So You're in Print: Now What?
By Veronika (Ronnie) Noize, the Marketing Coach
You've done it. You've written an article that has been printed in a newspaper or magazine. Congratulations! You done good, kiddo. But now what?
That's right; now what? Today's newspaper or magazine is tomorrow's recycling, but that doesn't mean that the life of your article is over -- far from it, as a matter of fact.
That piece you've written and gotten published, whether it is a top 10 list, book review, article, or "think" piece (like an editorial or letter to the editor), still has lots of promotional juice left in it if you know how to squeeze it out.
Here are just a few things you can do with your published works, once the rest of the world has moved on to the next edition of whatever periodical has published your piece:
Tell the world about your published status by posting your piece on your web site. You can either post a PDF of the article, or a link to the publisher's web site (assuming it is on their web site), or you can post the original copy you submitted along with a mention of when and where it was published.
Frame it. That's right, make a nice clean copy on archival paper, lay it out nicely to fit on a single page, and frame it like a photo. Hang it proudly in your office or reception area, so that your visitors who missed your piece when it was published can see what it looked like, and be just as impressed (if not more so) than the readers who stumbled over your article in the first place.
Copy it. You can use the layout you created to frame your article or the PDF you made for your web site to make copies. Include the banner of the paper or magazine, along with the date, so that it is obvious when and where your piece originally appeared in print. Be sure to add your contact information as well, because you never know who might end up with a copy (and they might want to contact you). Use both sides of an 8.5x11" sheet of paper if you have to, but make it look nice.
Use the copies in your press kit (which is now growing with the addition of your published pieces), so that you have proof that your expertise is recognized by some third party (such as the publisher).
Mail copies of your article to your clients with a short note and a special offer. For example, you might write: Did you see my article in Tuesday's paper? I'm celebrating my fame with a special two-for-one offer (coupon enclosed).
Copies will come in handy for getting business, too. You can include a copy with your proposal, bid, or sales information to demonstrate your expertise.
You might also use it to get back in touch with prospects who haven't committed to working with you yet. Just send the copy with a business card and a short note that says something like: Hi Prospect, Did you happen to see this article in the Business section of the Times on Saturday? I know you are interested in [whatever you wrote about], and thought you might like to see this. I'll be in touch soon! Best regards, Your Name.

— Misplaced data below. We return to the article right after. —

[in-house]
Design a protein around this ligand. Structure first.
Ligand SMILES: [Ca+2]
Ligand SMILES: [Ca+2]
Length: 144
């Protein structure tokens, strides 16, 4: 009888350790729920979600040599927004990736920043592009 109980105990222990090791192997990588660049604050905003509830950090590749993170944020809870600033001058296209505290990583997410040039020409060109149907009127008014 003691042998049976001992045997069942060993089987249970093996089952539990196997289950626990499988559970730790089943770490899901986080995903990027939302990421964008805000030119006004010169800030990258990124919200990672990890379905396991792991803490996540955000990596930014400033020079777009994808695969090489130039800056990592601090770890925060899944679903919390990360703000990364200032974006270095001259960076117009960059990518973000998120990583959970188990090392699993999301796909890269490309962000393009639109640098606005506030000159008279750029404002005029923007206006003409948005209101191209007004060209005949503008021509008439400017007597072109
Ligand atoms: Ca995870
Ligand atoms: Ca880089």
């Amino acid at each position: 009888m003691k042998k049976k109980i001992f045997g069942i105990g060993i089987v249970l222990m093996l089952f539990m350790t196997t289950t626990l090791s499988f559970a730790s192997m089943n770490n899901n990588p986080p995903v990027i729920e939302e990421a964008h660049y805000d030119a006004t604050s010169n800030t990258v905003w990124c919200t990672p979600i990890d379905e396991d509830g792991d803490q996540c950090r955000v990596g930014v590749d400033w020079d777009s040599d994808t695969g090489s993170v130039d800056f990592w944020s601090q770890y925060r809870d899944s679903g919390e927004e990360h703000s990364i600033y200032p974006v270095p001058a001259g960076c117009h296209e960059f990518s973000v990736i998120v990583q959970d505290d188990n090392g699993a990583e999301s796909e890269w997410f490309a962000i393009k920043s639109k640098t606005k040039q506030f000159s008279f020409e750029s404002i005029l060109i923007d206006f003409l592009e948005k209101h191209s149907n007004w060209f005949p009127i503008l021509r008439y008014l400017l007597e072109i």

Submit the article for publication in other media. Yep, once you've published it in one publication, others might be interested in reprinting it. Distribute your piece to online article banks, ezines, and information sites for reprinting. Or submit it to the newsletters of your trade associations or networking organizations. Very often, they are looking for content, and since your article has the endorsement of the publication that published the first time, it might look mighty good to others.
Send it out as a press release. At the very worst, nothing will happen, but other media could pick it up to use as a filler piece. And there is always the possibility that an editor might be looking for an expert with your background, and may call you for an interview.
So whatever you do, don't just let your published article fade away. Use it again and again to get the most from your work. You'll raise your credibility in the eyes of your clients, prospects, and the world. And you'll have something to remind yourself of how good you can be when you put your mind to it.
Read more articles or view Top 10 lists.
About the author
Veronika (Ronnie) Noize, the Marketing Coach, is the author of "How to Create a Killer Elevator Speech" and "How to Double Your Business in 30 Minutes a Day." A dynamic speaker and unconditionally supportive coach, Ronnie helps small businesses attract more clients. Ronnie's web site is a comprehensive resource with free articles and valuable marketing tools for small office/home office business professionals. Visit her web site at www.VeronikaNoize.com, or call her at 360-882-1298.
Author's note: You're welcome to use this article as content for your own ezine or web site! Just make sure that the article remains complete and unaltered (including the "About the author" info and copyright line at the end), and that you send a copy of your reprint to Ronnie@VeronikaNoize.com. You may also use my photo (found on my home page at www.VeronikaNoize.com) with the article.
So You're in Print: Now What? © 2005 Veronika Noize. All rights reserved.